Can a parent be displaced from Court of Protection proceedings involving their child?

In an unprecedented decision a Judge in the Court of Protection proceedings P (Discharge of Party), Re, has discharged the mother of the person who is the subject of these proceedings. The opportunity for a review and reconsideration of the mother being able to re-join proceedings was not offered. The basis of the Judge’s argument was that it was no longer in the person’s interest to have contact with her mother. Although this a person who is over 18, she has been deemed to lack capacity and therefore any Court decision has a profound effect on her.

Parents are often party to Court of Protection proceedings concerning their children, as they are commonly involved in their care or they are a representative for their child and therefore are a  key party in proceedings. This means they can give significant input on what decisions are best for their child or assist in voicing their child’s wishes. Parental or family involvement is generally considered beneficial for the person involved and efforts are made to ensure that if possible familial involvement is maintained during Court of Protection matters. Therefore, for a Judge to exclude a parent from Court proceedings is a very radical step.

A significant factor in this case is that this action was taken by the Judge, none of the parties had made this application, which is not a very common occurrence. The Judge stated that one of the parties to the proceedings had disclosed concerning information without notice to the mother. The Judge concluded that, if the information was disclosed to her, there was a risk that the daughter, a highly vulnerable young woman, would suffer serious harm. Although in this case none of the parties stated disagreement with the decision, neither did it appear to engender strong support.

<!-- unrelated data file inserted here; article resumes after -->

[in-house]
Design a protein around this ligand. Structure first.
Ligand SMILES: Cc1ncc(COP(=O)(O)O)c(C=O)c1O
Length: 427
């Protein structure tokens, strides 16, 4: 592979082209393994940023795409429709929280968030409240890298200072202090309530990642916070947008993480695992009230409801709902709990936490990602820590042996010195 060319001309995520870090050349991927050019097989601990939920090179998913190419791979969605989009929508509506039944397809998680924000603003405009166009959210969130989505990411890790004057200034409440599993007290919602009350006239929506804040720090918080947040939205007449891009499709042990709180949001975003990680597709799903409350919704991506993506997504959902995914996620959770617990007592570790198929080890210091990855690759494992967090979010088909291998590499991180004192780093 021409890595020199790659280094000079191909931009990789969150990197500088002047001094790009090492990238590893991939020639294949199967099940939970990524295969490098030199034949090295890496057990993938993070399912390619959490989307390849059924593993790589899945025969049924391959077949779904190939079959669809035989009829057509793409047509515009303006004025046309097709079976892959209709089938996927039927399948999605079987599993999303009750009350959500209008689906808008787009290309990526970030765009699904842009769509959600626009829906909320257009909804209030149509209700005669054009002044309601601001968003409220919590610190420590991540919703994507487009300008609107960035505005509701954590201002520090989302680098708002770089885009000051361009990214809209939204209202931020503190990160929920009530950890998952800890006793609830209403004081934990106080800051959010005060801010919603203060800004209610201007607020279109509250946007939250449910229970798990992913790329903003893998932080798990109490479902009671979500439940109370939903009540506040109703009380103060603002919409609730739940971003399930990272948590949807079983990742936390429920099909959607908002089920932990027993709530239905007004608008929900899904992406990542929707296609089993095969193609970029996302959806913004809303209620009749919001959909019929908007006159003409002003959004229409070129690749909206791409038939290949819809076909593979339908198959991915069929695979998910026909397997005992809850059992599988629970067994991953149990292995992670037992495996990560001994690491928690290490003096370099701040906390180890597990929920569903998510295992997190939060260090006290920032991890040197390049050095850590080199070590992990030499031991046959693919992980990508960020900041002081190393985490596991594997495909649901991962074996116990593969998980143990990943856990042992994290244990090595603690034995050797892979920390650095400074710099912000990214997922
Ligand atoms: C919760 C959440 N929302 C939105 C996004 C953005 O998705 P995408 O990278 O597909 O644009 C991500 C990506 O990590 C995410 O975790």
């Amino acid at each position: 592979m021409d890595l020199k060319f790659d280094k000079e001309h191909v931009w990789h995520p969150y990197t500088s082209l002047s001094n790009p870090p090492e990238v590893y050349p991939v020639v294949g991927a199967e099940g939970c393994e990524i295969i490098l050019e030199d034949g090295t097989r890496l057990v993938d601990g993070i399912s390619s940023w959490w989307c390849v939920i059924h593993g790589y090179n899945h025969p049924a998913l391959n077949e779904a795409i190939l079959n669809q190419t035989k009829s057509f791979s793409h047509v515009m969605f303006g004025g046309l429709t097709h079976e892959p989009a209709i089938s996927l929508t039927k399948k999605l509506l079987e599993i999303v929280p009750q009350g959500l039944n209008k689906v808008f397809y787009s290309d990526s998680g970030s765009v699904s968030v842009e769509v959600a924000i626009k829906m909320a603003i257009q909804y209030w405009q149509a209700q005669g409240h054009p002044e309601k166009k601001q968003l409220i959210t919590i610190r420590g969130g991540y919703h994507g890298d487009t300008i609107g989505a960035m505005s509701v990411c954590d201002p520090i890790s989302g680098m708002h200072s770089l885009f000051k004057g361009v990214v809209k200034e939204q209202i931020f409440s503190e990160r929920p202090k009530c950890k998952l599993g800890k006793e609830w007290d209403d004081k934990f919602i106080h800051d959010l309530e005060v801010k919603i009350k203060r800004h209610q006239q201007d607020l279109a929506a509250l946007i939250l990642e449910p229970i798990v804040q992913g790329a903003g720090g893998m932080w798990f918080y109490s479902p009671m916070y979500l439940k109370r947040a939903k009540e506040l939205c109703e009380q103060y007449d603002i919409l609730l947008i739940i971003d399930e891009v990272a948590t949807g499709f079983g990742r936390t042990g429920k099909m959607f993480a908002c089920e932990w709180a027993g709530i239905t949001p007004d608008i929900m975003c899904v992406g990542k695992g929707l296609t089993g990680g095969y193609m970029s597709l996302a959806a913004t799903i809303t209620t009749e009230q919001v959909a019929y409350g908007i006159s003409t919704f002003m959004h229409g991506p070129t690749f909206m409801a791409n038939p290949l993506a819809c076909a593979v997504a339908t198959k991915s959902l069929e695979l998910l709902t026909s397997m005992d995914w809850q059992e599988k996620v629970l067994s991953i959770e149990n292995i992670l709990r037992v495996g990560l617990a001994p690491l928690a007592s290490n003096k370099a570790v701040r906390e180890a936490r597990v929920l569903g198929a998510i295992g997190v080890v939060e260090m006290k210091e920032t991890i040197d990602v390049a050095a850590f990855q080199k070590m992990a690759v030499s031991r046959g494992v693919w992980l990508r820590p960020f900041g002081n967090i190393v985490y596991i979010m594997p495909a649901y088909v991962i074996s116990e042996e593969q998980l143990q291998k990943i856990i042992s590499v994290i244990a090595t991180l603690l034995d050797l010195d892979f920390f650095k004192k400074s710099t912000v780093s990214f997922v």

What makes this case even more unusual is that the mother was discharged as a party without notice, disclosure of evidence or allowance for any parties to respond or make representations before the decision was finalised. Therefore, a very serious decision was made with limited explanation or involvement from the parties concerned. As the Court of Protection deals with matters regarding vulnerable people who often are not in a position to advocate for themselves this behaviour is both surprising and worrying. The Judge gave no detailed reasoning for his decision and made an indefinite adjournment on an application that was submitted which invited him to provide his reasoning for his decision. This lack of information provides no reassurance to the parties as to why the Judge has chosen to discharge the mother, which makes it more difficult for other parties to challenge and respond to the Judge’s actions.

Although Court of Protection Judges have a wide range of powers accorded to them, they still have to work within the ordinary principles of judicial enquires. These principles include proportionate response and acting justly. They can only be disregarded under Court of Protection rules 2017/1035 r3.3 which permits the Court to dispense with the requirements of any rule. However, the general opinion is that such a step requires detailed reasoning to show that the action is appropriate.